It’s funny how history repeats itself.

Thirty years ago, hotel group Ramada purchases the run-down Ambassador Hotel and called it The Phoenix. After a court battle, The Phoenix rose from the proverbial ashes and became the Tropicana. Between then and now, the Tropicana in New Jersey has overcome a near-death experience to become the second-best revenue earner in Atlantic City.

In 2009, the New Jersey Casino Control Commission stripped the casino’s owners of their license in the wake of massive employee layoffs that resulted in a filthy casino — insects infested the place, grime abounded, and all seemed lost.

New ownership and big investments turned the casino around, yanking it from the city’s revenue cellar and putting it near the top in fewer than 10 years.

“It’s an incredible difference and transformation,” Tropicana Entertainment President Tony Rodio told the Associated Press this past week. “Employee morale was at an all-time low. Customers were not happy with the facility and how it was being managed and were leaving in droves, and revenues were declining on a monthly basis. Fast-forward 10 years to where we are today, I couldn’t be prouder of what we’ve been able to accomplish over that time.”

A look at the numbers: Trop clears second by $27 million

The 2017 revenue numbers from the New Jersey Division of Gaming Enforcement were the capstone of the Trop’s comeback.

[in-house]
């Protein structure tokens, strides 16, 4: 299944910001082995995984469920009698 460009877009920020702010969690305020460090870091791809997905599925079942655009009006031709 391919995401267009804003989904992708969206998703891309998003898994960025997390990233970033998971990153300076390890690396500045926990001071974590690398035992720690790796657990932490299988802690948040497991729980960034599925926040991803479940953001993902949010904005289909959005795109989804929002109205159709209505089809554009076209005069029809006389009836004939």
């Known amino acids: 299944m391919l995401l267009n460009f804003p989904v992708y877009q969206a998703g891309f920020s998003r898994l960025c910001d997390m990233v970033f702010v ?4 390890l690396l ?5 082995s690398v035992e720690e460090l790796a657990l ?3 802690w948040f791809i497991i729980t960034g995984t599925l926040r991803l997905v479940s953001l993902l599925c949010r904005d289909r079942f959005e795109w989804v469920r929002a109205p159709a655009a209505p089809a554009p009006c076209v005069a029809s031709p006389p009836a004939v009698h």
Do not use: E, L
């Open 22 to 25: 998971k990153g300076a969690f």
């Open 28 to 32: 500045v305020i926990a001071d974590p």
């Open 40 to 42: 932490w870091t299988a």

The NJDGE’s report showed that Tropicana NJ’s 2017 revenue of $390 million, while far behind Borgata’s $800-million year, was $27 million ahead of third-place Harrah’s.

The surge to the second spot was due to the casino’s significant 14.6 percent increase over 2016. Harrah’s saw a 1.6 percent growth, and fourth-place casino Caesars experienced a 14.4 percent gain over 2016.

Renovations catalyst for increased revenue at Tropicana NJ

Why so much growth in 2017? The answer to that question lies with a pair of renovation projects completed in 2015 and 2016. The first renovation cost $50 million, and the second one’s price tag was $40 million.

With $90 million on the line, Tropicana NJ was certainly hoping to surge ahead of Harrah’s and the Golden Nugget to snag the second-best revenue performance in 2017.

Steve Callendar, the property’s general manager, uttered these prophetic words in a 2016 press release announcing the completion of the second round of casino and hotel updates:

“Tropicana continues to evolve as a result of our constant investment into the property. Each round of improvements proves to be more rewarding than the last, as our guests are consistently pleased and revenues are rising.”

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2018 will put gains to the test

While the 2017 revenue numbers were good news for Tropicana NJ’s owners, 2018 could be an entirely different beast for the thriving property.

The Hard Rock Atlantic City and Ocean Resort Casino are scheduled to open this summer and, when they do, there will no doubt be fierce competition for gamblers streaming into the city.

The University of Las Vegas Nevada’s Dr. David Schwartz, head of the school’s Center for Gambling Research, said it’s going to be hard to predict exactly what will happen with revenues.

The city’s seven casinos have found a solid equilibrium. So the presence of two new casinos (and the possibility of a third new casino) could throw that into chaos, leaving some with a much smaller slice of the revenue pie.